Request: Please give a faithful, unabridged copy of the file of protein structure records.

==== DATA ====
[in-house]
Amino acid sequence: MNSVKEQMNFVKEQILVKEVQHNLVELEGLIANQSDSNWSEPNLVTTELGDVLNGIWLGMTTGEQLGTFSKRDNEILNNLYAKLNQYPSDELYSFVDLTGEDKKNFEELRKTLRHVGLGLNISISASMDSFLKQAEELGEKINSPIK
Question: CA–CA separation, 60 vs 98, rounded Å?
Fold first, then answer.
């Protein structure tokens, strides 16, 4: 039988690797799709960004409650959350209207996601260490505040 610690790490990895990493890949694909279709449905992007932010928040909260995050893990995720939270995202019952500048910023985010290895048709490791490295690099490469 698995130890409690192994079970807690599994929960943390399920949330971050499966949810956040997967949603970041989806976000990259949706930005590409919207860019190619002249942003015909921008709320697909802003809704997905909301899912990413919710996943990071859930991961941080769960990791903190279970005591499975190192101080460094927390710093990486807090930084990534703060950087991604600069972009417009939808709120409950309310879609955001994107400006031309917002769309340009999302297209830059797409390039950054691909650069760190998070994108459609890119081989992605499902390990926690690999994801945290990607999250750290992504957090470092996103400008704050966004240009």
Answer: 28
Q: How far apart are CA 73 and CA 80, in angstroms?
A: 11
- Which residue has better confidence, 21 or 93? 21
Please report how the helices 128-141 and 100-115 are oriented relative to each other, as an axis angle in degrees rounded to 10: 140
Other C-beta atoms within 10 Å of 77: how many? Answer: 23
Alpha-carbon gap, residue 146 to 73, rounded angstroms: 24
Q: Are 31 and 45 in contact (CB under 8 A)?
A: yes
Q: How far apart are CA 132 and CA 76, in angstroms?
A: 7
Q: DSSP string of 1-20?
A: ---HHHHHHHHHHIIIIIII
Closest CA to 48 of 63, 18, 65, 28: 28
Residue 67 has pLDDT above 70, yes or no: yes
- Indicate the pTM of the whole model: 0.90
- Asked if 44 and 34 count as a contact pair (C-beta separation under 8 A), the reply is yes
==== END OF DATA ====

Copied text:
[in-house]
Amino acid sequence: MNSVKEQMNFVKEQILVKEVQHNLVELEGLIANQSDSNWSEPNLVTTELGDVLNGIWLGMTTGEQLGTFSKRDNEILNNLYAKLNQYPSDELYSFVDLTGEDKKNFEELRKTLRHVGLGLNISISASMDSFLKQAEELGEKINSPIK
Question: CA–CA separation, 60 vs 98, rounded Å?
Fold first, then answer.
């Protein structure tokens, strides 16, 4: 039988690797799709960004409650959350209207996601260490505040 610690790490990895990493890949694909279709449905992007932010928040909260995050893990995720939270995202019952500048910023985010290895048709490791490295690099490469 698995130890409690192994079970807690599994929960943390399920949330971050499966949810956040997967949603970041989806976000990259949706930005590409919207860019190619002249942003015909921008709320697909802003809704997905909301899912990413919710996943990071859930991961941080769960990791903190279970005591499975190192101080460094927390710093990486807090930084990534703060950087991604600069972009417009939808709120409950309310879609955001994107400006031309917002769309340009999302297209830059797409390039950054691909650069760190998070994108459609890119081989992605499902390990926690690999994801945290990607999250750290992504957090470092996103400008704050966004240009």
Answer: 28
Q: How far apart are CA 73 and CA 80, in angstroms?
A: 11
- Which residue has better confidence, 21 or 93? 21
Please report how the helices 128-141 and 100-115 are oriented relative to each other, as an axis angle in degrees rounded to 10: 140
Other C-beta atoms within 10 Å of 77: how many? Answer: 23
Alpha-carbon gap, residue 146 to 73, rounded angstroms: 24
Q: Are 31 and 45 in contact (CB under 8 A)?
A: yes
Q: How far apart are CA 132 and CA 76, in angstroms?
A: 7
Q: DSSP string of 1-20?
A: ---HHHHHHHHHHIIIIIII
Closest CA to 48 of 63, 18, 65, 28: 28
Residue 67 has pLDDT above 70, yes or no: yes
- Indicate the pTM of the whole model: 0.90
- Asked if 44 and 34 count as a contact pair (C-beta separation under 8 A), the reply is yes